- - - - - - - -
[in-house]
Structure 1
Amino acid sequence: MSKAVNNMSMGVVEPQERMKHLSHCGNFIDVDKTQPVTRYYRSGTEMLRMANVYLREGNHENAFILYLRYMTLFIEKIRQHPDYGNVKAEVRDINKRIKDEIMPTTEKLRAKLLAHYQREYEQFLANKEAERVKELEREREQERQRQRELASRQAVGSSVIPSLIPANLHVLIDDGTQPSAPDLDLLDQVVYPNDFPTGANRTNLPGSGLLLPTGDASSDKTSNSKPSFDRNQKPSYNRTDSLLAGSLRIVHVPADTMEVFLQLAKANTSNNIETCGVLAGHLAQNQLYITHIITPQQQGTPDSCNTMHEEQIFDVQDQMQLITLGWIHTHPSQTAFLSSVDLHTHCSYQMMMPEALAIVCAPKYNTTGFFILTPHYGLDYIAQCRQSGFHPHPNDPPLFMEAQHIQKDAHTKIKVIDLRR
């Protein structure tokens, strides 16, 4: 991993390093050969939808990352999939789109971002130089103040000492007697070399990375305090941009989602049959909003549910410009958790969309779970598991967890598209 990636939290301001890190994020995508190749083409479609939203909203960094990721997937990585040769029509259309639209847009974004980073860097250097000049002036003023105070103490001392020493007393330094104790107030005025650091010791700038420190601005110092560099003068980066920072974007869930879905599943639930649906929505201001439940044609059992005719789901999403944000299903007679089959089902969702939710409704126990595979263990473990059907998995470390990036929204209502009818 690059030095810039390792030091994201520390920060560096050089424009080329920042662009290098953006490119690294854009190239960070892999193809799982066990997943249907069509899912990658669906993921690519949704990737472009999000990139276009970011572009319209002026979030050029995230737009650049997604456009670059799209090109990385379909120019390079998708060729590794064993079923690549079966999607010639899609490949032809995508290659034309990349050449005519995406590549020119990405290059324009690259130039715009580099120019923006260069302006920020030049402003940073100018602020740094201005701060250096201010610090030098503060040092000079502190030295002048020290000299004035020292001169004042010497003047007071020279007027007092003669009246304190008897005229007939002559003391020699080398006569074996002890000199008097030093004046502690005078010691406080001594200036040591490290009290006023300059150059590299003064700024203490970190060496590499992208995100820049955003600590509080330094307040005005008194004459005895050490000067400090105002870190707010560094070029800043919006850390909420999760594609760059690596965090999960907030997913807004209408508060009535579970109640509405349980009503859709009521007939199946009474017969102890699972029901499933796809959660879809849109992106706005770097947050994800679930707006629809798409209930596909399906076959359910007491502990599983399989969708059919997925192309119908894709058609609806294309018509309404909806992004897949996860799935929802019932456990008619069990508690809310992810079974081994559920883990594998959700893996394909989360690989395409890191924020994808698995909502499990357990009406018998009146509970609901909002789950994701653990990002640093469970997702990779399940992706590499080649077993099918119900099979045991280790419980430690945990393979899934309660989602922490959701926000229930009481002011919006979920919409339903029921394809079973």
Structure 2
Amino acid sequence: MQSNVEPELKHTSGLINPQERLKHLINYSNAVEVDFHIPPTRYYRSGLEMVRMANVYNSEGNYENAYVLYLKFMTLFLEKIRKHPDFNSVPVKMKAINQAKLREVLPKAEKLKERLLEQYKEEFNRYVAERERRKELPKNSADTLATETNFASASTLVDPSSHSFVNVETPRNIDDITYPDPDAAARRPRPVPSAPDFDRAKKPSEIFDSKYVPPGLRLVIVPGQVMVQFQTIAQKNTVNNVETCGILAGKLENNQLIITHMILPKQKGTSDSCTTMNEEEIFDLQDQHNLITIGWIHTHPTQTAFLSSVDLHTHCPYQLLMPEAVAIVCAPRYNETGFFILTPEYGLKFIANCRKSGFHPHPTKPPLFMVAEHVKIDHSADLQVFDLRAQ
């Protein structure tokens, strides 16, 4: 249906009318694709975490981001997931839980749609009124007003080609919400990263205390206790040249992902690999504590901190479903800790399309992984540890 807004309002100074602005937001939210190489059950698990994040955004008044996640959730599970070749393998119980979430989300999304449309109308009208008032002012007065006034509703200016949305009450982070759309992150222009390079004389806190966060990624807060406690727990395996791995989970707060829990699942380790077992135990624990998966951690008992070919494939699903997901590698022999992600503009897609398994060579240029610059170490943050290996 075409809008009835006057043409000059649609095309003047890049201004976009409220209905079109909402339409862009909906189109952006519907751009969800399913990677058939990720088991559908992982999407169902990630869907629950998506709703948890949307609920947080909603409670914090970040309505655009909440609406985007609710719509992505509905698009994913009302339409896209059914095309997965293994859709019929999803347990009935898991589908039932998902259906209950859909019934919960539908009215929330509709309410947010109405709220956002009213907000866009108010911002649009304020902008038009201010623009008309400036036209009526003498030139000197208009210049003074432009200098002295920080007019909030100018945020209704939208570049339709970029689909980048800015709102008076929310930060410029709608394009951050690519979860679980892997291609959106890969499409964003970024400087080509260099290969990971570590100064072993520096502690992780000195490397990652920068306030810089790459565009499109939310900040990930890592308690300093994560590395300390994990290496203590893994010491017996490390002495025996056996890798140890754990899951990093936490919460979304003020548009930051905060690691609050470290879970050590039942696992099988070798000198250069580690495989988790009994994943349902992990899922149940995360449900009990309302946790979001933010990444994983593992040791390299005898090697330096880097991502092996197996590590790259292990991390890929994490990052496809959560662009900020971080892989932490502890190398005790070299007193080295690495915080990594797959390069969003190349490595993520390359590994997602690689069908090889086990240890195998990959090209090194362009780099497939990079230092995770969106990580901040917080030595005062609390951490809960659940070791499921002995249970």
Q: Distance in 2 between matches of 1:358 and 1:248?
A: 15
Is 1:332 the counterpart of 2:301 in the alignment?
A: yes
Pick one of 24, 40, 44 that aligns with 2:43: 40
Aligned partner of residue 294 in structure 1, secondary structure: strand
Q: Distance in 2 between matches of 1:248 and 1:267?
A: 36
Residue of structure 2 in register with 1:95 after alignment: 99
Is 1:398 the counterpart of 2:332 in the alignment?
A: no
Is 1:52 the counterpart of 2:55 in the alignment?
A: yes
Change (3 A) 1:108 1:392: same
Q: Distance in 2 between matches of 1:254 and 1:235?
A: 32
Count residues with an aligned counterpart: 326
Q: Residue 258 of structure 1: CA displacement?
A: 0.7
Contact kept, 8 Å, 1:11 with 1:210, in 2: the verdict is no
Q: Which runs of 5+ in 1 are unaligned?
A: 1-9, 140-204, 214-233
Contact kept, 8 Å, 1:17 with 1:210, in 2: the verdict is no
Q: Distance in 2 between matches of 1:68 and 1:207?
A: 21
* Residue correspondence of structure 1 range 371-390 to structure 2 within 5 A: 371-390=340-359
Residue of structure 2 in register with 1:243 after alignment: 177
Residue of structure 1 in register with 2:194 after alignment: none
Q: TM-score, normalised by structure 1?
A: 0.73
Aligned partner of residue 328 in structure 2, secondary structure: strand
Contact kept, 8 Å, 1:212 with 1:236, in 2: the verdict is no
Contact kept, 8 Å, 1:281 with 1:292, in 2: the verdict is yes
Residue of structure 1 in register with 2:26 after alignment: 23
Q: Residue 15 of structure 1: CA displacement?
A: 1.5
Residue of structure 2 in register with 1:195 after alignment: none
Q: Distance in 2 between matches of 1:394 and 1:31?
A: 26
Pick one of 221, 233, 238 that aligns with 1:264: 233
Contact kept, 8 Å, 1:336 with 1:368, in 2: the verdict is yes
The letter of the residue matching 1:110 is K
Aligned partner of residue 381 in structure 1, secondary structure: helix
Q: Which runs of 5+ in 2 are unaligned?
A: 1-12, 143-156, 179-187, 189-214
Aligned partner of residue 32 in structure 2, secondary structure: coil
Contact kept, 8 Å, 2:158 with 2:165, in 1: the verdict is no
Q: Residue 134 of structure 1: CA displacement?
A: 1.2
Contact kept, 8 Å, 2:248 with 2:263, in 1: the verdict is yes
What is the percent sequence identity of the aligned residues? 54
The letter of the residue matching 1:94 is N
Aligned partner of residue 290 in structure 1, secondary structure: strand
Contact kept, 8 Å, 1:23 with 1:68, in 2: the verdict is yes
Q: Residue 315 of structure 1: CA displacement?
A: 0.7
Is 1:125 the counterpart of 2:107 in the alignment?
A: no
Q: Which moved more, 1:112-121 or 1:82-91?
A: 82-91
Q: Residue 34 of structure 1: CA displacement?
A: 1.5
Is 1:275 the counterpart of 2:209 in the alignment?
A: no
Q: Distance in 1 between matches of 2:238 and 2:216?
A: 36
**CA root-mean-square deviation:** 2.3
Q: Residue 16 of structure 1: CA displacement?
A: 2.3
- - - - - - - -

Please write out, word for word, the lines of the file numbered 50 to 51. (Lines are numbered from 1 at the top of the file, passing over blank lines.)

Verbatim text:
Aligned partner of residue 381 in structure 1, secondary structure: helix
Q: Which runs of 5+ in 2 are unaligned?